Alcohol gave me wings to fly… until I ended up on the cold bathroom floor with my head hanging over the toilet.   Swearing I would never drink again. Until I did.Alcohol gave me wings to fly…until my hands were shaking in need of another drink.Alcohol gave me wings to fly…until I lost sight of who I was and what was important in life, and I almost lost all that I cared about. What’s ironic is that the higher we try to go, the lower we end up sinking. The closer we get to the sun, the more we get burned. We think we are going toward the light, but we end up in total darkness.   Alcohol does, in fact, take away the sky.

The beauty of sobriety is that it is where we find the light. With each day sober, a little brighter ray of light breaks through the cracks. Now, almost six years without a drink, my future is so bright, I gotta wear shades (sorry, I couldn’t resist). And, I believe I can fly. Without alcohol. I can fly safely, without crashing. How? By relying on my HP. By reminding myself how much better life is sober than when I was wondering when the wax was going to melt. You too can F.L.Y.—First Love Yourself.

Until you spread your wings, you’ll have no idea how far you can fly.” – Napoleon Bonaparte

 

 

 

The End of the Affair

24 Oct

I had an affair. A tawdry affair that lasted years longer than it should have. It could have destroyed everything. Several people’s lives could have been ruined. Even worse, I carried out my affair out in the open, for all to see. I was seduced at a young age and the romance grew. It took all I had in me to gather the courage to break it off, but my love affair is finally over. The sultry, sexy, stimulating liquid that once gave me a warm glow and made me feel amazing (albeit temporarily) is no longer a part of my life. The break-up was years ago, but I still think about my love affair with alcohol.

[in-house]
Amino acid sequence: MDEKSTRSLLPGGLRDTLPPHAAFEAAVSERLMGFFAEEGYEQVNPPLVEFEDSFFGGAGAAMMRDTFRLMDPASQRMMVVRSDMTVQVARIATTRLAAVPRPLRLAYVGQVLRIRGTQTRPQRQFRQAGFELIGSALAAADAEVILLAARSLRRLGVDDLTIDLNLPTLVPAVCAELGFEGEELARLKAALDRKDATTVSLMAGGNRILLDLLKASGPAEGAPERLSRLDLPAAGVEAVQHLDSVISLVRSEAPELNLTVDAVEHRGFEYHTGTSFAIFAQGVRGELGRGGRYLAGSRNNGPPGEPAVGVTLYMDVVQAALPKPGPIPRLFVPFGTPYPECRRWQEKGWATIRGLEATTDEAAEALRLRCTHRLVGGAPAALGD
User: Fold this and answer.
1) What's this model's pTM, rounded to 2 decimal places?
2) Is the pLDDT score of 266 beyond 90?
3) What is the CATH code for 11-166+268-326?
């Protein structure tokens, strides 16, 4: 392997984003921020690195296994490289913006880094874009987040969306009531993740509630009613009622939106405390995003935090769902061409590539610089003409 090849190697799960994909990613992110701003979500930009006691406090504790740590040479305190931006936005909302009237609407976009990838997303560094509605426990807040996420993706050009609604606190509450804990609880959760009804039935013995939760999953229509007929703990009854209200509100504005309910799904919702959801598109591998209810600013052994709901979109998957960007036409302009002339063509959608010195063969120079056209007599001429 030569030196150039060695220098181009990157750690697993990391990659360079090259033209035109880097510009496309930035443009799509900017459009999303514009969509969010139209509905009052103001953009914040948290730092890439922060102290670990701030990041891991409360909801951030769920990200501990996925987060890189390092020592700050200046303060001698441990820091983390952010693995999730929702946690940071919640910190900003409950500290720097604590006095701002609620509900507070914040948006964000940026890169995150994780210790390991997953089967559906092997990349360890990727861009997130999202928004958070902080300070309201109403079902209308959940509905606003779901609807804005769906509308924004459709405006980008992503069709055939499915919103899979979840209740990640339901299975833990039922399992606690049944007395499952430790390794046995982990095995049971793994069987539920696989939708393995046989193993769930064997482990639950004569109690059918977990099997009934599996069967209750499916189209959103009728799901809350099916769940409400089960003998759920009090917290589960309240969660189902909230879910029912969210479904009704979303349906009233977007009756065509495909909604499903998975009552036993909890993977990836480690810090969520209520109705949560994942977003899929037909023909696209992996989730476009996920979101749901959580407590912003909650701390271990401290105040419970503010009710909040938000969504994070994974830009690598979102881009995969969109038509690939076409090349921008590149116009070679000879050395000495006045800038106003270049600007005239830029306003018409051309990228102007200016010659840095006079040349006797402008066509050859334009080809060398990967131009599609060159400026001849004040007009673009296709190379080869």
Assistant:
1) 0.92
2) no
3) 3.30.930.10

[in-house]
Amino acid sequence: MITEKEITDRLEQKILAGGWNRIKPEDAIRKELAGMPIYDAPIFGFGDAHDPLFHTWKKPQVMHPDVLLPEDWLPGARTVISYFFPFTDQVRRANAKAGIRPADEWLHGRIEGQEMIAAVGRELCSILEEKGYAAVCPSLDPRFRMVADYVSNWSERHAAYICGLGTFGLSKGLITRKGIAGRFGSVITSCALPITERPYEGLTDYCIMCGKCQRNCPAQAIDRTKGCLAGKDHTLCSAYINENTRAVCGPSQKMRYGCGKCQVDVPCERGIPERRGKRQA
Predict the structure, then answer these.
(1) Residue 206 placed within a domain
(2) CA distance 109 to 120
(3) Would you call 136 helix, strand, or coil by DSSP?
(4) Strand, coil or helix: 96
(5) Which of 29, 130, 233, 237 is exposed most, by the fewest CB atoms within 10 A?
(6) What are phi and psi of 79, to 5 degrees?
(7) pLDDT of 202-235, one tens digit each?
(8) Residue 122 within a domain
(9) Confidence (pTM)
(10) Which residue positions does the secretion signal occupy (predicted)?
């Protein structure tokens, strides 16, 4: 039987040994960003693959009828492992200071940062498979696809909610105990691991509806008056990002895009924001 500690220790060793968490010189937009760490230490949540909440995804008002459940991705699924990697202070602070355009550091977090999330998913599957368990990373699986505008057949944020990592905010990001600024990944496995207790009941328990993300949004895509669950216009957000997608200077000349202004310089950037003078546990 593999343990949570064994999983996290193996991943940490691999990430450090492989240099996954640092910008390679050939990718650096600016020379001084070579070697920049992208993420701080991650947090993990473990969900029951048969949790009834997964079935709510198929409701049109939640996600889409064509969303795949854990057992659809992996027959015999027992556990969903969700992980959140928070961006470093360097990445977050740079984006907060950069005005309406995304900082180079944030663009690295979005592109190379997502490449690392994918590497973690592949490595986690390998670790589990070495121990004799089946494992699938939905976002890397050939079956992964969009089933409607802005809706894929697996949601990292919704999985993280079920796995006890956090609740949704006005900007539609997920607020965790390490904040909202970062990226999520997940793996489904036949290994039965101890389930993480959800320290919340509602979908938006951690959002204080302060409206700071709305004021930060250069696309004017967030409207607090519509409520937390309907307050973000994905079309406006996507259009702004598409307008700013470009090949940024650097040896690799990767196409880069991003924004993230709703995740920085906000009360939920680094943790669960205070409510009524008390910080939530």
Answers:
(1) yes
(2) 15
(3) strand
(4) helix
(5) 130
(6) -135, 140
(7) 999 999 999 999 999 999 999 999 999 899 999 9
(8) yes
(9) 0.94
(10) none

There is a story in the Big Book (of Alcoholics Anonymous) that talks about the “mellow glow” that alcohol brings to a young man who first experiments with it (Alcoholics Anonymous p. 209). He describes his introduction to alcohol as follows:   “I gulped it down and choked. I didn’t like it, but I would not say so. A mellow glow stole over me. This wasn’t so bad after all. Sure, I’d have another. The glow increased. Other boys came in. My tongue loosened. Everyone laughed loudly. I was witty. I had no inferiorities….This was the real thing!”

As with many stories in the Big Book, reading this account the other day I could totally relate. I knew exactly the warm glow to which he was referring. The fuzzy feeling that came after the first few sips. The warmth, comfort, escape. But as is the story with many alcoholics, it went downhill from there. He became completely dependent on the feeling that the booze brought him, seeking it out at any cost. It was destroying his life until he was able to get a grip on it and accept the fact that the truth would set him free.